Impac Loses $2.05 Billion, Gets SEC Inquiry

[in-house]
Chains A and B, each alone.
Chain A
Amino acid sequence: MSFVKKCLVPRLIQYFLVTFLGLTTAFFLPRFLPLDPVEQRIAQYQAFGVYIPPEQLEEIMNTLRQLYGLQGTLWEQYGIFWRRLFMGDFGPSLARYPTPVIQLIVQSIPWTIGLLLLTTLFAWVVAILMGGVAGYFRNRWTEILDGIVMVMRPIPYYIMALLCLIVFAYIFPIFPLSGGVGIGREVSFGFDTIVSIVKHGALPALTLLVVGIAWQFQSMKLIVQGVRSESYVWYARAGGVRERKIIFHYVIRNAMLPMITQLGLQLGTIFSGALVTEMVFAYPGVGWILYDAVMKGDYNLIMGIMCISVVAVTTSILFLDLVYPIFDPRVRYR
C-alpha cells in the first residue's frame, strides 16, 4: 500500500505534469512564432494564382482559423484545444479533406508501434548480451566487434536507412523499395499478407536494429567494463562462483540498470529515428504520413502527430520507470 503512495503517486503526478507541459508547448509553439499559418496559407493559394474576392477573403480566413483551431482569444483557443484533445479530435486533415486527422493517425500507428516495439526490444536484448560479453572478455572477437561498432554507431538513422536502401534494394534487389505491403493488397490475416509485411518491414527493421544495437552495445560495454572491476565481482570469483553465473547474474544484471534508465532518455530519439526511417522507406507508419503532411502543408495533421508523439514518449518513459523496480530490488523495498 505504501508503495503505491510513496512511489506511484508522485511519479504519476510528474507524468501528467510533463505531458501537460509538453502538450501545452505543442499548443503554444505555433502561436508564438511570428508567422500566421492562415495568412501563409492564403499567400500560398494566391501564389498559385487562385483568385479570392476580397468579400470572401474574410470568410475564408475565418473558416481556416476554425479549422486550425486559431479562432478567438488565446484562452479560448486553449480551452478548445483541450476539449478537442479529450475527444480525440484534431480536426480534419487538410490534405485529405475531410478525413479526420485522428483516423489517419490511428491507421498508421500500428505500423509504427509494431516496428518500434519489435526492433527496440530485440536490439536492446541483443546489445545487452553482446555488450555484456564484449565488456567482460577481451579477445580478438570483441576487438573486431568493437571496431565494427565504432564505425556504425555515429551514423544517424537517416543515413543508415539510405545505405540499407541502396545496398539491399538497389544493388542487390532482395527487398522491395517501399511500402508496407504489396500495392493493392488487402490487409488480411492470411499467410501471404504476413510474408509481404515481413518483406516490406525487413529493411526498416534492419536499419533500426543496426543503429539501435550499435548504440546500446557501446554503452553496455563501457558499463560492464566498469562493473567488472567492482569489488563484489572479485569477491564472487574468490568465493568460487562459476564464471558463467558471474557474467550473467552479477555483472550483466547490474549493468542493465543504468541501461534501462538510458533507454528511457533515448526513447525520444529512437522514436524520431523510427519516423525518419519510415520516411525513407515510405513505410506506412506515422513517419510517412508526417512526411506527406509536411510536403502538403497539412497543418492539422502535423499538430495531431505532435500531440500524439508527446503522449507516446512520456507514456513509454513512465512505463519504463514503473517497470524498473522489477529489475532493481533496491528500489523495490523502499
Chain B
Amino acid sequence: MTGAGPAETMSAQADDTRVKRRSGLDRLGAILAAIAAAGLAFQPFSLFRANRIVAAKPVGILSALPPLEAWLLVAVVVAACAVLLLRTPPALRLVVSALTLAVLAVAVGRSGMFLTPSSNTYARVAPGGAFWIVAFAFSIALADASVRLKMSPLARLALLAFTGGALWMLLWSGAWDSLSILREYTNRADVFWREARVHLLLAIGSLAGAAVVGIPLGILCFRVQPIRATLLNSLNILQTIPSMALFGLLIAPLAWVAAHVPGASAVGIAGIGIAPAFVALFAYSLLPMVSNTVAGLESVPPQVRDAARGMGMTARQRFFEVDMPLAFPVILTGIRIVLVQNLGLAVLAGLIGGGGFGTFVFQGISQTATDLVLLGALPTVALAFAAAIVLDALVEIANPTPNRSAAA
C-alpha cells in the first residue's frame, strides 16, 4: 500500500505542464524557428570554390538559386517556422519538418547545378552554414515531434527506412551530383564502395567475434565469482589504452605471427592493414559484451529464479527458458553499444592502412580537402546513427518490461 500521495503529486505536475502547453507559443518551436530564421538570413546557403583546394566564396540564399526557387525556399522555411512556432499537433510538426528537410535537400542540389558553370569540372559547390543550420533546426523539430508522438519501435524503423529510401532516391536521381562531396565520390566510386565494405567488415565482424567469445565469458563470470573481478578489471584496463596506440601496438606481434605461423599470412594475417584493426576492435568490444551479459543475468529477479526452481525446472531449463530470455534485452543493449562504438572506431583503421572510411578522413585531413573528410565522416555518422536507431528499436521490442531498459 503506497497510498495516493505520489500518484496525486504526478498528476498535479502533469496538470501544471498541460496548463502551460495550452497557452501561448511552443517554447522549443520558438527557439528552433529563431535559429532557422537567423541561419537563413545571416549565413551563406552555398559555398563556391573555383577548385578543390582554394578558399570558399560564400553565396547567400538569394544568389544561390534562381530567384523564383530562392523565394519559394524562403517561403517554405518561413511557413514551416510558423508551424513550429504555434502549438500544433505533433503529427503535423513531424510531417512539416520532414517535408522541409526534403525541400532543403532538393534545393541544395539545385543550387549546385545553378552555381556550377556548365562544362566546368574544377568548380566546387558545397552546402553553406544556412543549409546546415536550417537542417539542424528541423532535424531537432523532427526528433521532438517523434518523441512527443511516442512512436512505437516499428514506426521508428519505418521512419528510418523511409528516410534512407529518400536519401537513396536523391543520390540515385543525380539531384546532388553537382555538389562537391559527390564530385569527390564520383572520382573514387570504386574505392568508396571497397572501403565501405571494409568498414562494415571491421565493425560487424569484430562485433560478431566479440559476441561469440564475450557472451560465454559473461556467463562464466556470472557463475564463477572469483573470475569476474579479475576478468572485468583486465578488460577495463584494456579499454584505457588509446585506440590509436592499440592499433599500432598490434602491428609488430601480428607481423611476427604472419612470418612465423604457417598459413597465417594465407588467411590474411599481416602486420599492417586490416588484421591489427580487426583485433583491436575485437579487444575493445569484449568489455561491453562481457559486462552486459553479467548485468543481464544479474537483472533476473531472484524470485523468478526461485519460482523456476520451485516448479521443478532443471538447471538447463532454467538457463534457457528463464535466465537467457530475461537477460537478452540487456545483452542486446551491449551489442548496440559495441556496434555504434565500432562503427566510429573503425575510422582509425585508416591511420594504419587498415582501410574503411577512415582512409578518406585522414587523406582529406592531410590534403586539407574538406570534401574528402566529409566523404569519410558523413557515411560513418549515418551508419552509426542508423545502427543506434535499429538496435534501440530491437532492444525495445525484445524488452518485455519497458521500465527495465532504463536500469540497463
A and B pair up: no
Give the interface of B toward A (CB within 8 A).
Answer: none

Once an Alt-A powerhouse, Impac Mortgage Holdings Inc. (IMH) said Wednesday that it lost $2.05 billion during 2007, or ($27.10)/share, in a delayed filing with the Securities and Exchange Commission. The annual loss compared with a $75.3 million loss recorded one year earlier. Estimated taxable loss available to common stockholders for 2007 was $136.0 million, or $(1.79)/share, compared to estimated taxable income of $79.5 million or $1.05 per diluted common share for 2006, the company said. Driving the loss was a huge $1.4 billion provision for loan losses, which Impac said was the “result of deteriorating market conditions, higher delinquencies and higher severities.” The Alt-A lender shut down all origination activity in September of last year, and said in its SEC filing that “the capital markets remain very volatile and illiquid and have effectively been unavailable.” The company will now look to compete its first quarter earnings report, which is also expected to show substantial and continuing losses for the Irvine, Calif.-based lender. It continued to shed staff in the first quarer, as well: Impac said that by the end of March, it employed 137 full-time employees, compared to 827 at the end of 2007. Mounting credit costs, including skyrocketing loss provisions, kept Impac’s shareholder equity in the red, with the lender reporting negative equity of $1.1 billion at the end of last year, with the company warning that “further deterioration in the mortgage industry” would like put it at risk as a going concern. REO auctions, and an SEc inquiry Given company CEO Josef Tomkinson’s involvement in an ongoing dispute involving REO auction firm REDC, it was certainly eye-opening to see a disclosure in the 10-K filing that disclosed a new partnership with the auction firm — one that delivered $1.1 million to Impac’s benefit in the first quarter of this year, and $1.7 million in gains during 2007. Impac said that in March, it had entered into an agreement to help with business development for REDC in exchange “for a percentage of the firm’s gross profit.” The lender also said that the Securities and Exchange Commission had begun an inquiry into the company’s internal operations. “During 2008, pursuant to informal requests from the SEC, we have provided certain information … about our business operations and related accounting policies and methodology,” the company’s 10-K filing read. The company did not elaborate further on the requests from SEC officials, and in a conference call with analysts Wednesday, company officials declined to provide further specifics. Reuters and other news agencies said Wednesday that the SEC has not provided further details, either. For more information, visit Disclosure: The author held no positions in IMH when this story was originally published. HW reporters and writers follow a strict disclosure policy, the first in the mortgage trade.

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